Ray "Benzino" Scott

posted September 24, 2001 12:00:00 AM CDT | 0 comments

Benzino laughs at any Tony Soprano comparisons.

"Benzino? That's not even my real last name", he offers unnecessarily. An incredulous smile extends across his face when he further considers any mafia relations. "If you think about it, that's what entertainment is, man. Entertainment gives you perceptions of people you really don't know."

On the day after the 2001 MTV Video Music Awards, Ray "Benzino" Scott sits in Sound Trax Recording Studios in downtown Manhattan with every intention of changing the perception that people have of what they really don't know. Who is Benzino? Perhaps one of hip hop's biggest questions throughout the summer will get answered on October 30, when his debut album, The Benzino Project arrives in stores.

"I drove Mercedes for the last ten to twelve years and that's where that comes from" explains the verbalist with a heavy Gangsterese accent. From the controversy heavy beginnings with the Almighty R.S.O. in the late '80s to the scandal laden name change of Made Men to the rumors of his involvement with Source Magazine and numerous encounters with the law, Benzino still finds himself a newcomer to many fans with his latest debut album, this time as a solo artist.

"The whole shit is big. It's a big album", describes the made man of Motown Records' latest attempt to break into hip hop. With most of the beats crafted by the production team alias that Benzino and Made Men work under, Hang Men 3, the album also boasts production by Teddy Riley, D-Dot Angelettie, Puffy Combs and Track Masters. Guest spots on The Benzino Project bang from Scarface and Snoop Dogg to R&B poptress, Pink. On "Any Questions (If You're Real)", Black Rob joins the effort trading verses with Ray. Cormega and Raekwon pop something special on "The Jump Up" and even Benzino's son, Ray Ray has his say on "Shine Like My Son".

If that's not enough, Busta Rhymes and M.O.P. add verses to the "Figado" remix that Benzino is currently slaving over. "Honestly", begins the emcee from the Academy Homes Projects outside of Boston in Dorchester, Massachusetts. "It's the shit because everybody brings talent to the table. When you're into music and you meet other people that's into music, that's what you want to be involved in. And that's real, man."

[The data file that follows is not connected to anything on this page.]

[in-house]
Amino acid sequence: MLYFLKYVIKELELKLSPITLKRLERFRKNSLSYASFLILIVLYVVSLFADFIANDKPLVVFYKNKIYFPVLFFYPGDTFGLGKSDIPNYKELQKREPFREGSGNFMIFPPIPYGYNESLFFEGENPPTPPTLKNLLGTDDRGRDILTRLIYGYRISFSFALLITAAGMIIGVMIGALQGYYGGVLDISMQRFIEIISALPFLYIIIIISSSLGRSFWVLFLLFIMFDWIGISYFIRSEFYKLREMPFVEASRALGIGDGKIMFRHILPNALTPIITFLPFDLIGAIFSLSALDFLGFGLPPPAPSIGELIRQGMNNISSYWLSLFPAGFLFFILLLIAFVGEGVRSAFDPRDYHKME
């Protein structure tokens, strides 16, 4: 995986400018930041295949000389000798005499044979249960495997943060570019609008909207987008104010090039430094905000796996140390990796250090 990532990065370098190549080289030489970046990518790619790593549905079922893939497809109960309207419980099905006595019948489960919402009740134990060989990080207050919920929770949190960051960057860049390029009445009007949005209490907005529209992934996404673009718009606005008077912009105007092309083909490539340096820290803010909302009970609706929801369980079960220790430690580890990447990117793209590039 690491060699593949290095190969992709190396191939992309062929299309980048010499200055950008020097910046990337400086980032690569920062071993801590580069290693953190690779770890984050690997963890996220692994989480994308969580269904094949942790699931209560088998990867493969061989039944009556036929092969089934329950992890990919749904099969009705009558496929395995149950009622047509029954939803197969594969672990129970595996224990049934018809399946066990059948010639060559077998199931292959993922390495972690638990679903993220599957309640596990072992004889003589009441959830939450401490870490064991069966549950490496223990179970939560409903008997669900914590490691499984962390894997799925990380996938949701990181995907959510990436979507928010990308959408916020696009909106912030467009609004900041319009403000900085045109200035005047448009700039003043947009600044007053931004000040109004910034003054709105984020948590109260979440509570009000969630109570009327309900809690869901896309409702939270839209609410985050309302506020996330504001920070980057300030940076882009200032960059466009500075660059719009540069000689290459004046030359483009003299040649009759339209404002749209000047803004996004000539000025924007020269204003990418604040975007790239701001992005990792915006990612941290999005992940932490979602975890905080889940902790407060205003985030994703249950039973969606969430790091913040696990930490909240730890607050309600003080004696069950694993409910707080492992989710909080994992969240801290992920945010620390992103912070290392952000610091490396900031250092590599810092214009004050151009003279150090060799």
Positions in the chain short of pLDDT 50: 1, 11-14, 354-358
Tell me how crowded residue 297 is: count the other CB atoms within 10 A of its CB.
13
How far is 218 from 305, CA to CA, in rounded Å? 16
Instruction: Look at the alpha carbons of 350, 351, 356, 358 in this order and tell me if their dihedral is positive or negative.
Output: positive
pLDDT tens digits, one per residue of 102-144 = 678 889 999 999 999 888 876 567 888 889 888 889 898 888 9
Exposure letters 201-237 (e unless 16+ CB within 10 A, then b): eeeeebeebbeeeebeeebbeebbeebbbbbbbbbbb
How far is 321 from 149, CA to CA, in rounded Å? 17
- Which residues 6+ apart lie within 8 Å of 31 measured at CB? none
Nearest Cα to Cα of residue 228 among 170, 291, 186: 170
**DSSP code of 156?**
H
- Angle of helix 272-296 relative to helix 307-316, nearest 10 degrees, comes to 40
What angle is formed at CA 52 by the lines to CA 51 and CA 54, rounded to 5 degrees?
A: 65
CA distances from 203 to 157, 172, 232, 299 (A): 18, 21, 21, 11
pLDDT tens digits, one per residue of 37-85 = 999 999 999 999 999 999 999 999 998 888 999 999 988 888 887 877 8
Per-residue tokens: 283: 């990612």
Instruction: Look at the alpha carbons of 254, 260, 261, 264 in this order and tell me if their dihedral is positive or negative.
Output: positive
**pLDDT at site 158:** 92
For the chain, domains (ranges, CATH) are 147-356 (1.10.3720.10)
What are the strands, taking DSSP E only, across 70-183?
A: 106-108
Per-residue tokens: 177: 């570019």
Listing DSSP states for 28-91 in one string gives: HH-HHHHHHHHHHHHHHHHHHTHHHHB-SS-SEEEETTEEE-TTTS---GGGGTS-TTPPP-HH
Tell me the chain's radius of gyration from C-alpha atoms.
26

If that's real then perhaps the "gangster" tag that usually accompanies any mention of Made Men or Ray Benzino is not. "We switched it to the Made Men because we felt that the R.S.O. name just created too many dark clouds", he reflects with the tree smoking between his fingers filling the studio with its aromatic healing power. "We're always R.S.O. but we just kinda switched it up a little bit."

After surfacing from Boston in the late eighties, the Almighty Rock Solid Organization with members E-Devious, Rock, Tony Rhome, Deff Jeff and Benzino who at the time was dubbed simply as Ray Dogg, experienced some success accompanied by some serious setbacks. Their single, "One in the Chamba" received heavy objection from authorities in Boston for its alleged anti-police message. In 1990, Rock was mysteriously stabbed to death in a parking lot. Following that, Tony Rhome was murdered with a similar shroud of mystery tarnishing the group's image and changing everything.

It has been a long trip in the music business for Ray Benzino. Allegations of him threatening staff members at the Source Magazine for a high mic rating on Made Men's 1999 release, Classic Limited Edition were quelled by his recent revealing of his long time partnership as co-owner of the publication with Dave Mays. "We met at a radio station and became real good friends. About a year later, we put out a one piece paper called the Source. The rest is history", he describes. "I kept on my career. He kept on with the Source. We've been partners since what? '86? That's damn near fifteen years."

Attempting to squash any more rumors about friction with the Source, Benzino smiles, "If I wanted, I coulda been on the cover."

The recording studio is booked until the wee hours of the morning. Teddy Riley's "Figado" beat thumps repeatedly as sound engineers tinker with the song until it is right on point. Ironically, the movie, "Original Gangsters" airs on a small television screen high on the studio wall and Benzino puts in work throughout the night as though he has something to settle. "Don't have to worry about no controversial issues, just check out the album", he tells.

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